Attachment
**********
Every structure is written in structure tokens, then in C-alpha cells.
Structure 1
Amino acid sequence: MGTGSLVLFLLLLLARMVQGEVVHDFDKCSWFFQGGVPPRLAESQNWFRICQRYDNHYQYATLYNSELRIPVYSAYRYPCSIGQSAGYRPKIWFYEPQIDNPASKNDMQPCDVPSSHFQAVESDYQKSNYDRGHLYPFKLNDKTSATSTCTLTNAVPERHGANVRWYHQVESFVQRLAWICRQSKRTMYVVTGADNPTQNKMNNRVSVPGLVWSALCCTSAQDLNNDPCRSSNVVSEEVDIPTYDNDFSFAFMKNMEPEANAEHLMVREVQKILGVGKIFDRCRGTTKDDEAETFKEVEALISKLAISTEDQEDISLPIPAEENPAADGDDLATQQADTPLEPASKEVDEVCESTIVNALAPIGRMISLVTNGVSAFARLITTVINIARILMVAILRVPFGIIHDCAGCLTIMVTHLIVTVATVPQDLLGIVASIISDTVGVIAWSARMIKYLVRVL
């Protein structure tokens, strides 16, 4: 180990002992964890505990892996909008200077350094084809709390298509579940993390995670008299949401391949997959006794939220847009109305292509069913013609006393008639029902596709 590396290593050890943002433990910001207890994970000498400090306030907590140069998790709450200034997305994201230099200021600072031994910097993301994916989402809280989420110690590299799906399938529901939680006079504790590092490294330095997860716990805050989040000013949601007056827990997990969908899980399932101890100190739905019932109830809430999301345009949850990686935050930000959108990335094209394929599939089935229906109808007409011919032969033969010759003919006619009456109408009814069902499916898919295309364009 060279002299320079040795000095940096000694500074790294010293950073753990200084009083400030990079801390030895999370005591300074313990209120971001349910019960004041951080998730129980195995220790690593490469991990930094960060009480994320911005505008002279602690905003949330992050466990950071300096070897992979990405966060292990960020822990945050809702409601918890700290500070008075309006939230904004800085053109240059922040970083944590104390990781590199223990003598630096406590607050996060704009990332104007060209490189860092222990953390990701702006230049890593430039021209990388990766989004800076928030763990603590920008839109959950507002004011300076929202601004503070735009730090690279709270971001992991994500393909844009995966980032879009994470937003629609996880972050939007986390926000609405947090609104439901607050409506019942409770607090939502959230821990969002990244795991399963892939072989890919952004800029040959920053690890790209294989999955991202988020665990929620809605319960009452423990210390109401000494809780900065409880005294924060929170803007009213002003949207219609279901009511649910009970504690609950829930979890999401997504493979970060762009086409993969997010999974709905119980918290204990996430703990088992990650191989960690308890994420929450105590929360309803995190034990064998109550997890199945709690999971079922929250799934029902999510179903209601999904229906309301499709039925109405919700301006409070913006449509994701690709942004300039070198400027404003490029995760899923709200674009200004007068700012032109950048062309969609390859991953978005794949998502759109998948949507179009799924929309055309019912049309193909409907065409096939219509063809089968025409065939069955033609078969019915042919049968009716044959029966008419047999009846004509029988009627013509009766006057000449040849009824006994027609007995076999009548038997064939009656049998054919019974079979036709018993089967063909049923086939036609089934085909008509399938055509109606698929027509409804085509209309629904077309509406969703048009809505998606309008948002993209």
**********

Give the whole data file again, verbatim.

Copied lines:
Every structure is written in structure tokens, then in C-alpha cells.
Structure 1
Amino acid sequence: MGTGSLVLFLLLLLARMVQGEVVHDFDKCSWFFQGGVPPRLAESQNWFRICQRYDNHYQYATLYNSELRIPVYSAYRYPCSIGQSAGYRPKIWFYEPQIDNPASKNDMQPCDVPSSHFQAVESDYQKSNYDRGHLYPFKLNDKTSATSTCTLTNAVPERHGANVRWYHQVESFVQRLAWICRQSKRTMYVVTGADNPTQNKMNNRVSVPGLVWSALCCTSAQDLNNDPCRSSNVVSEEVDIPTYDNDFSFAFMKNMEPEANAEHLMVREVQKILGVGKIFDRCRGTTKDDEAETFKEVEALISKLAISTEDQEDISLPIPAEENPAADGDDLATQQADTPLEPASKEVDEVCESTIVNALAPIGRMISLVTNGVSAFARLITTVINIARILMVAILRVPFGIIHDCAGCLTIMVTHLIVTVATVPQDLLGIVASIISDTVGVIAWSARMIKYLVRVL
């Protein structure tokens, strides 16, 4: 180990002992964890505990892996909008200077350094084809709390298509579940993390995670008299949401391949997959006794939220847009109305292509069913013609006393008639029902596709 590396290593050890943002433990910001207890994970000498400090306030907590140069998790709450200034997305994201230099200021600072031994910097993301994916989402809280989420110690590299799906399938529901939680006079504790590092490294330095997860716990805050989040000013949601007056827990997990969908899980399932101890100190739905019932109830809430999301345009949850990686935050930000959108990335094209394929599939089935229906109808007409011919032969033969010759003919006619009456109408009814069902499916898919295309364009 060279002299320079040795000095940096000694500074790294010293950073753990200084009083400030990079801390030895999370005591300074313990209120971001349910019960004041951080998730129980195995220790690593490469991990930094960060009480994320911005505008002279602690905003949330992050466990950071300096070897992979990405966060292990960020822990945050809702409601918890700290500070008075309006939230904004800085053109240059922040970083944590104390990781590199223990003598630096406590607050996060704009990332104007060209490189860092222990953390990701702006230049890593430039021209990388990766989004800076928030763990603590920008839109959950507002004011300076929202601004503070735009730090690279709270971001992991994500393909844009995966980032879009994470937003629609996880972050939007986390926000609405947090609104439901607050409506019942409770607090939502959230821990969002990244795991399963892939072989890919952004800029040959920053690890790209294989999955991202988020665990929620809605319960009452423990210390109401000494809780900065409880005294924060929170803007009213002003949207219609279901009511649910009970504690609950829930979890999401997504493979970060762009086409993969997010999974709905119980918290204990996430703990088992990650191989960690308890994420929450105590929360309803995190034990064998109550997890199945709690999971079922929250799934029902999510179903209601999904229906309301499709039925109405919700301006409070913006449509994701690709942004300039070198400027404003490029995760899923709200674009200004007068700012032109950048062309969609390859991953978005794949998502759109998948949507179009799924929309055309019912049309193909409907065409096939219509063809089968025409065939069955033609078969019915042919049968009716044959029966008419047999009846004509029988009627013509009766006057000449040849009824006994027609007995076999009548038997064939009656049998054919019974079979036709018993089967063909049923086939036609089934085909008509399938055509109606698929027509409804085509209309629904077309509406969703048009809505998606309008948002993209």